For many customers, it felt like an unnecessary effort, an effort bigger than the need for a security camera, for example. “People liked the comfort of having a white van with security personnel installing and hooking things up and then setting up a monitoring system that would connect a camera to the police station or to the fire station, to know that they had safely solved for an issue not only detected a potential problem but solved a problem.”

Having this insight, Andrew, together with the Nest team, focused on “the need to build what might be called a whole product solution. And in this case, it wasn’t simply providing home devices.” Andrew came up with a broader view of the elements required to provide mainstream buyers with security, comfort, and the elimination of risk associated with trusting home security devices to a company that provided just one element in a total solution. The next step only came naturally, and the company grew substantially.

Case Study: Blue Scape

Bluescape website banner with text "Faster Planning," describing Bluescape as an infinite virtual workspace for secure decision-making and accelerated response.

The second case is with Blue Scape, the offspring of a parent company that made physical workspaces like offices and cubicles. The company realized the world was moving fast to virtual workspaces where professionals in different locations could work together and collaborate with the help of technology with the same proficiency and ease as if they were in the same room.

The company identified twenty-five industries where their technical solution would be a good fit. In this context, Andrew advised the company that the entertainment industry would be one of the first to go after as the “Hollywood production environment would be perfect for their solution because it took full advantage of all the capabilities that they could offer and the nature of the work done in production studios aligned well with their virtual office space.”

The idea was a complete success that helped the company gain a lot of capital, both financially and in terms of image and client trust. At this point, Andrew advised a second direction, which is “to be going after oil and gas which they’re looking at now because if you have these virtual collaboration people in the field looking where to drill for oil and people crunching a lot of data in different environments, being able to aggregate these people and understand with greater precision where to drill can have millions if not billions of dollars in potential value in getting it right or getting it wrong.”


For the 2020 generation of entrepreneurs there is a whole range of new opportunities and applications out there, so despite the fierce competition, putting in extra effort should be an easy motivation. The history offers an unprecedented context: there’s easier access to capital than ever before, there is a whole range of already existing technologies like cloud computing, storage capacity, computing power, and bandwidth and there is a whole range of tools that anyone can build upon opening streams of growth.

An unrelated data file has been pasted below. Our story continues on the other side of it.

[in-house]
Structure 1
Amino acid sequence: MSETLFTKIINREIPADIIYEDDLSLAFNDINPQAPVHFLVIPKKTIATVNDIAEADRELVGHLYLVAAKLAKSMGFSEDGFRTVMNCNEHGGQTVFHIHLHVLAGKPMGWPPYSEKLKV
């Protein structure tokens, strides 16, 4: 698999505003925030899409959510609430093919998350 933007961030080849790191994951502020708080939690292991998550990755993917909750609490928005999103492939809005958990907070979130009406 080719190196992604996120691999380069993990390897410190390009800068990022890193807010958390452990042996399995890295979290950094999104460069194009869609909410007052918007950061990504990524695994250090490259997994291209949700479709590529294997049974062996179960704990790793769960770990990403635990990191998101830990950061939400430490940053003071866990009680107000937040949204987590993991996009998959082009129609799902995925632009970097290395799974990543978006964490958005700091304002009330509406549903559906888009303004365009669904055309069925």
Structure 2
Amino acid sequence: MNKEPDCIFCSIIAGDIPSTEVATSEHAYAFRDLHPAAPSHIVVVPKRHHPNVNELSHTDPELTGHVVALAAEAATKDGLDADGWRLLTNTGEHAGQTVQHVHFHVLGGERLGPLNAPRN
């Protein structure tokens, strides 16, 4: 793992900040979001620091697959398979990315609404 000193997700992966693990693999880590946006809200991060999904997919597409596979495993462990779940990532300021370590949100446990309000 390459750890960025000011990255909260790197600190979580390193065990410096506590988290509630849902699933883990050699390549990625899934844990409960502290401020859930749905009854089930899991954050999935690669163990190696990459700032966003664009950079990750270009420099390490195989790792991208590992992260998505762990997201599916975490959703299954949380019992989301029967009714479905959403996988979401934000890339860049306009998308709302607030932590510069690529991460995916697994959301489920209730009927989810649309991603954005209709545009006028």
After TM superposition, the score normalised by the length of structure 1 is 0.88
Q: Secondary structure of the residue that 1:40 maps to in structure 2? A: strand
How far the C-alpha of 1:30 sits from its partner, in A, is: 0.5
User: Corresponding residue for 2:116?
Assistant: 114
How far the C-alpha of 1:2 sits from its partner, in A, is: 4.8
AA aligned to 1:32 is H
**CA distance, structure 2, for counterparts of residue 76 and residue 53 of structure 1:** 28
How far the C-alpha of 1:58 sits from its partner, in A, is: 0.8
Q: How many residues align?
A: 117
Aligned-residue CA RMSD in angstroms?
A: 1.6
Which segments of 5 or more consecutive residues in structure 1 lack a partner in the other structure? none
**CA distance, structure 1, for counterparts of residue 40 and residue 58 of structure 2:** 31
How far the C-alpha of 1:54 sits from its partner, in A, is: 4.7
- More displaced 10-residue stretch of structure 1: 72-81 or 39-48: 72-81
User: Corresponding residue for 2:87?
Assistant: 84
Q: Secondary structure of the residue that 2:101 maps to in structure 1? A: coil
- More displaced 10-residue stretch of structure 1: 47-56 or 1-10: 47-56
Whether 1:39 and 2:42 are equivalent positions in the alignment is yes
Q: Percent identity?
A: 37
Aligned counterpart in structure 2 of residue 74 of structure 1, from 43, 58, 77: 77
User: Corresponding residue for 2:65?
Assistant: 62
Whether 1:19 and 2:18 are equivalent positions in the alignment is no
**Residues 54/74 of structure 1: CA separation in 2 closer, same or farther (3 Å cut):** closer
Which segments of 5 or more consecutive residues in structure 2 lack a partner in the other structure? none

As Andrew Salzman sees it, “It’s a wonderful time to be an entrepreneur simply because access to capital and access to our core infrastructure or technologies to build things has never been cheaper easier than it is right now.”

We hope you enjoyed our podcast interview with Andrew Salzman!
For more valuable insights, make sure you come back to check out our next Growth Interviews as well.

Frequently Asked Questions

What are some common mistakes entrepreneurs make when trying to achieve product-market fit?

Entrepreneurs often rush to build and launch products based on personal preferences rather than validated market needs. Another common mistake is failing to establish credibility and trust with potential customers before launching the product. Additionally, neglecting thorough market research and feedback from early adopters can lead to misalignment with customer needs, resulting in poor product-market fit.

How can businesses effectively measure their product-market fit?

Businesses can measure product-market fit through various methods, including customer surveys, Net Promoter Score (NPS), and analyzing customer retention rates. Monitoring feedback from early adopters and tracking key performance indicators (KPIs) such as customer acquisition cost (CAC) and customer lifetime value (CLV) can provide insights into whether the product meets market demands. Regularly iterating based on customer feedback is crucial for maintaining and improving product-market fit.

What role does customer feedback play in refining both product-market fit and channel-market fit?

Customer feedback is essential for refining both product-market fit and channel-market fit. For product-market fit, it helps identify whether the product addresses real customer needs and highlights areas for improvement.

For channel-market fit, feedback can reveal the effectiveness of different sales channels and marketing strategies, helping businesses adjust their approach to better reach and serve their target audience. Continuous engagement with customers ensures that the product and its delivery methods evolve in line with market expectations.